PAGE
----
strengthen the Army culture of trust by establishing
ethical command climates, essential for mission command. – Trust equals confidence. Confidence that you know you’re trained. Confidence that you will perform your duty in a manner consistent with
our shared moral principles and values in the Army ethic. And confidence that you
will persevere under the most difficult conditions. – We build trust between the
components by reinforcing the fact that we’re one Army. Regardless of what component we are, it’s gonna take every single one of us, Guard, Reserve, and Active
Force, to accomplish the missions our nation’s asking
us to do on a daily basis. – We are America’s Army. The trust of our American
citizens in our Army is critical to the success. We represent them to
the rest of the world. In many cases, we are the face of America no matter where we go and what we do. They must trust that we’re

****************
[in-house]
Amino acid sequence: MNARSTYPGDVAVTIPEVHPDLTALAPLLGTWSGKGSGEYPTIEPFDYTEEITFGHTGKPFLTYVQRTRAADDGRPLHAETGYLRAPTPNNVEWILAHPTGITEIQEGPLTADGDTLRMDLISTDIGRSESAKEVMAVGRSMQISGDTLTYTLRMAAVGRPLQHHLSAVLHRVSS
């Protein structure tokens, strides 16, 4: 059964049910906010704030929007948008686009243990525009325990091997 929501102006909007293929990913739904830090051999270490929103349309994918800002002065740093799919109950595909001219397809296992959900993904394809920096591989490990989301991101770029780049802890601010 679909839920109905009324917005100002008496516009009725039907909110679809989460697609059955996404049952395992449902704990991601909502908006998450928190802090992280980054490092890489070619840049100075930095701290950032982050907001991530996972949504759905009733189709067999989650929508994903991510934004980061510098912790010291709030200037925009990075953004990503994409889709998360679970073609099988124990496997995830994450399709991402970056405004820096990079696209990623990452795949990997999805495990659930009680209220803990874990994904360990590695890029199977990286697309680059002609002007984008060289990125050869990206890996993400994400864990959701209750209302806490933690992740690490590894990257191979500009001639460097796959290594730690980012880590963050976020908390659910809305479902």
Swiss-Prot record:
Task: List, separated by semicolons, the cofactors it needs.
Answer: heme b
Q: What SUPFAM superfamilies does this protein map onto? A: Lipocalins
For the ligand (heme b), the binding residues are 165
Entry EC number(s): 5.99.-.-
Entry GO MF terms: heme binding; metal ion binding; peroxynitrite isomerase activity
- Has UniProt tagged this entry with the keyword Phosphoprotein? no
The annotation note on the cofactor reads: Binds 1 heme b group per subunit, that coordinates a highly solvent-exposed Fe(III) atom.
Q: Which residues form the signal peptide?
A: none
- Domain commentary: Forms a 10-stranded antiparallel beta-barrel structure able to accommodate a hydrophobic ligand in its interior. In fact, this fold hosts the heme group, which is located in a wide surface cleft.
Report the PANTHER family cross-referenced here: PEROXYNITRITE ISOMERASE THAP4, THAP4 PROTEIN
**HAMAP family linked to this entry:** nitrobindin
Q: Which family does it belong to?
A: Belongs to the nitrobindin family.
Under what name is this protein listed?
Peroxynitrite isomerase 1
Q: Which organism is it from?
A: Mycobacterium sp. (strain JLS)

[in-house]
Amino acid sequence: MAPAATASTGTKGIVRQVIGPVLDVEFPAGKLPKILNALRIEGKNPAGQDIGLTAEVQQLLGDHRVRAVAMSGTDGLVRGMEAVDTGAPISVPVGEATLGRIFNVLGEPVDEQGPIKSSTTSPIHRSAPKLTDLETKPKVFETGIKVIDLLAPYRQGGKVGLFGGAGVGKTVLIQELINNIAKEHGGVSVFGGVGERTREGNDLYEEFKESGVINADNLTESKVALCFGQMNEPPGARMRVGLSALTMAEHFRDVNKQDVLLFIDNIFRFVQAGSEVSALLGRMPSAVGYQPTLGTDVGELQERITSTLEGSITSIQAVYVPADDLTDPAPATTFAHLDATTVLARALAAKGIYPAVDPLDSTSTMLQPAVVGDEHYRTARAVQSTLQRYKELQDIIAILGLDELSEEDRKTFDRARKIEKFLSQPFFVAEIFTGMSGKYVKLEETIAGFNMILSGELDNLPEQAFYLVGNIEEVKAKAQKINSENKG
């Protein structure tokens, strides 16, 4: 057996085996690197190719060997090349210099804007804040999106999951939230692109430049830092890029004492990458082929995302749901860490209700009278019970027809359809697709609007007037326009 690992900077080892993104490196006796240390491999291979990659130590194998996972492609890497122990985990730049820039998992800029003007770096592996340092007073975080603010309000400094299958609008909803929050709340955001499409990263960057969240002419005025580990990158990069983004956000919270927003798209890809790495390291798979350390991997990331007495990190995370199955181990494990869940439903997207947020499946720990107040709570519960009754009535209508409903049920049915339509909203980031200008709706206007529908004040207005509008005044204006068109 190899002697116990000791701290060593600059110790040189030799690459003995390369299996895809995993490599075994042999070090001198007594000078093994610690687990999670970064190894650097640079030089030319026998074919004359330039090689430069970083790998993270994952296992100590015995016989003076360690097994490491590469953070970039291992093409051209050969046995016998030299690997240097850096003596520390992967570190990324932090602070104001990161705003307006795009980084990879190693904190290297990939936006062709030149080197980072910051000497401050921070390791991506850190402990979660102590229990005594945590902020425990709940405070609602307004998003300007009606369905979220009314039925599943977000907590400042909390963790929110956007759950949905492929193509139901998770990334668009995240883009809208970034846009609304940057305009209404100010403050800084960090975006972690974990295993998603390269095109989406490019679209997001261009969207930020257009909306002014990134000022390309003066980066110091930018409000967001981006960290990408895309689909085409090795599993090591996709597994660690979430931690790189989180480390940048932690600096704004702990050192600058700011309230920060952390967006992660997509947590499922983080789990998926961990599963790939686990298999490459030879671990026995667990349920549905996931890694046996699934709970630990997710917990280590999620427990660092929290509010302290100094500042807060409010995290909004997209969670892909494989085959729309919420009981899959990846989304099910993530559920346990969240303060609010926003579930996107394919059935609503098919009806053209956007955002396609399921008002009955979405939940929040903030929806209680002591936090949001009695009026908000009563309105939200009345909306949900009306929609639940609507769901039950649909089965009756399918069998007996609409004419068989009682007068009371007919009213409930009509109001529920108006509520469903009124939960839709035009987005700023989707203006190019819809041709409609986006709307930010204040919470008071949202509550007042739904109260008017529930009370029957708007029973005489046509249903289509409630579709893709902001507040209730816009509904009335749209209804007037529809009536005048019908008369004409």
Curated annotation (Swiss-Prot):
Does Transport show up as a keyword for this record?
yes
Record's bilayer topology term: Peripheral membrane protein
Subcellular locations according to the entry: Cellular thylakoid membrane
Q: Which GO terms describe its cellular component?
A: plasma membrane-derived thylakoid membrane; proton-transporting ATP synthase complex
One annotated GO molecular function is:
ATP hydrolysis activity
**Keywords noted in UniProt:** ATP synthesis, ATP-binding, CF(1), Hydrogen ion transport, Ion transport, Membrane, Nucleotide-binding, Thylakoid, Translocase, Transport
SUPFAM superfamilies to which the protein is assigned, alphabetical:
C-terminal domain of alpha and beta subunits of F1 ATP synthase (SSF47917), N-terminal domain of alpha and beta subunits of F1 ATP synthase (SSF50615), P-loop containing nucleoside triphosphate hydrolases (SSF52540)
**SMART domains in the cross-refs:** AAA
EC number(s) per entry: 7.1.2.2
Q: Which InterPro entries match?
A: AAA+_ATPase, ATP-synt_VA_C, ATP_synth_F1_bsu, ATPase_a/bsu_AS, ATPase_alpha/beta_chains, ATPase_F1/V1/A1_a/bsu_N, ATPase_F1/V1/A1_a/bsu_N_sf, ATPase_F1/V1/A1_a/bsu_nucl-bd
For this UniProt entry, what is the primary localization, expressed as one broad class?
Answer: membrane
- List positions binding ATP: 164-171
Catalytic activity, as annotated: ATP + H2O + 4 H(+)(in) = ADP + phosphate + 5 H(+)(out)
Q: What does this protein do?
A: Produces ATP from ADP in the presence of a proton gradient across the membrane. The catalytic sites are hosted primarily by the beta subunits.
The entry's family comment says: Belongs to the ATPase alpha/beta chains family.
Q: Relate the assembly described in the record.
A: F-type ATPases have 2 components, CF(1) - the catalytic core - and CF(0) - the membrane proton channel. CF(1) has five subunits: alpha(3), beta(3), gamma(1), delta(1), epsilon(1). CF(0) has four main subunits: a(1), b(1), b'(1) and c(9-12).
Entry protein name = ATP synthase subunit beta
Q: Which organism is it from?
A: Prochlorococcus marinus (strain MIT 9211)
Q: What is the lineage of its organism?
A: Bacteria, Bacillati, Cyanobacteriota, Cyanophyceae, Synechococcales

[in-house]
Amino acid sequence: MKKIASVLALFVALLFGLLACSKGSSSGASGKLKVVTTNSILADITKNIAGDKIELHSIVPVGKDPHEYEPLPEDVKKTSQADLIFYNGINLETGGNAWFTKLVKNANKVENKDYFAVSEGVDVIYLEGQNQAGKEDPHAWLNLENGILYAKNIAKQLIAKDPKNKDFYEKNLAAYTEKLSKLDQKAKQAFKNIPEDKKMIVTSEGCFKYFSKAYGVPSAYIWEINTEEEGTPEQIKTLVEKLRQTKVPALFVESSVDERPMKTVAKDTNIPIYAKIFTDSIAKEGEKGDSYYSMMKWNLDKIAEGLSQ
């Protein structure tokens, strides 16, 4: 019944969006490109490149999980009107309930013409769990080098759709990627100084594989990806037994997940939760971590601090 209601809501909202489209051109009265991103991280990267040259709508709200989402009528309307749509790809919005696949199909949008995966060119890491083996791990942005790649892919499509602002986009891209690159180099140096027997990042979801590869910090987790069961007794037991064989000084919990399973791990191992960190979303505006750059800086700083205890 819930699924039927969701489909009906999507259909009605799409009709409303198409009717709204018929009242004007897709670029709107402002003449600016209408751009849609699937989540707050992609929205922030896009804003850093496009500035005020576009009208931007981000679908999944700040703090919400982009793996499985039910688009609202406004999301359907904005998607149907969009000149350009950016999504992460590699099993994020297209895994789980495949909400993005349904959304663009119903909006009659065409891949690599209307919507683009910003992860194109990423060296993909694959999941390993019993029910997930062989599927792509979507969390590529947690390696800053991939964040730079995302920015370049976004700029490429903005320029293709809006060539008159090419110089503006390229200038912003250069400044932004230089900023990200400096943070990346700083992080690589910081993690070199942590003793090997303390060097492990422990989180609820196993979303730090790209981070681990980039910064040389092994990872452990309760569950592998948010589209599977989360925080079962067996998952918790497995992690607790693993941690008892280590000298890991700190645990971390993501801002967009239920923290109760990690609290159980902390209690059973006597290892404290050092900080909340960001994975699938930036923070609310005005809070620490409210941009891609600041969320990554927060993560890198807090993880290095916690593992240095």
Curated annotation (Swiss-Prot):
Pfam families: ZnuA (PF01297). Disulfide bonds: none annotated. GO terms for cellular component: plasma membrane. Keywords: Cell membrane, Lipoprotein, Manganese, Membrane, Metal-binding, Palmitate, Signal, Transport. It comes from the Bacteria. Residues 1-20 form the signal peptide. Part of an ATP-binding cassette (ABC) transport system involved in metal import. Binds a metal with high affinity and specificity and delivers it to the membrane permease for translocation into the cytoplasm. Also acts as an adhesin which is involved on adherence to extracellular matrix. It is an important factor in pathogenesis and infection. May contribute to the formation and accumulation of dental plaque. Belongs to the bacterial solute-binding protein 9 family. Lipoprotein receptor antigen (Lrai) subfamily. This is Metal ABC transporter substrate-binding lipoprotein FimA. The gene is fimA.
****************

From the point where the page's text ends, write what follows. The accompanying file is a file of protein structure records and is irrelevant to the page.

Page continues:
ready to fight and win our nation’s wars. – We’re the most trusted
organization in America. It has not always been that
way, and it’s not a right, and that we will stay that way. We are the people
prepared to sacrifice all for the sake of the American people, and we’ve sworn to do it. And they have to have trust that we will. (intense music)

1 thought on “Trust Theme Video

  • These videos are my favorite to help people study with!!! I get excited when new videos come out. We don't need the background music the whole time. Thank you CAPE.

Leave a Reply

Your email address will not be published. Required fields are marked *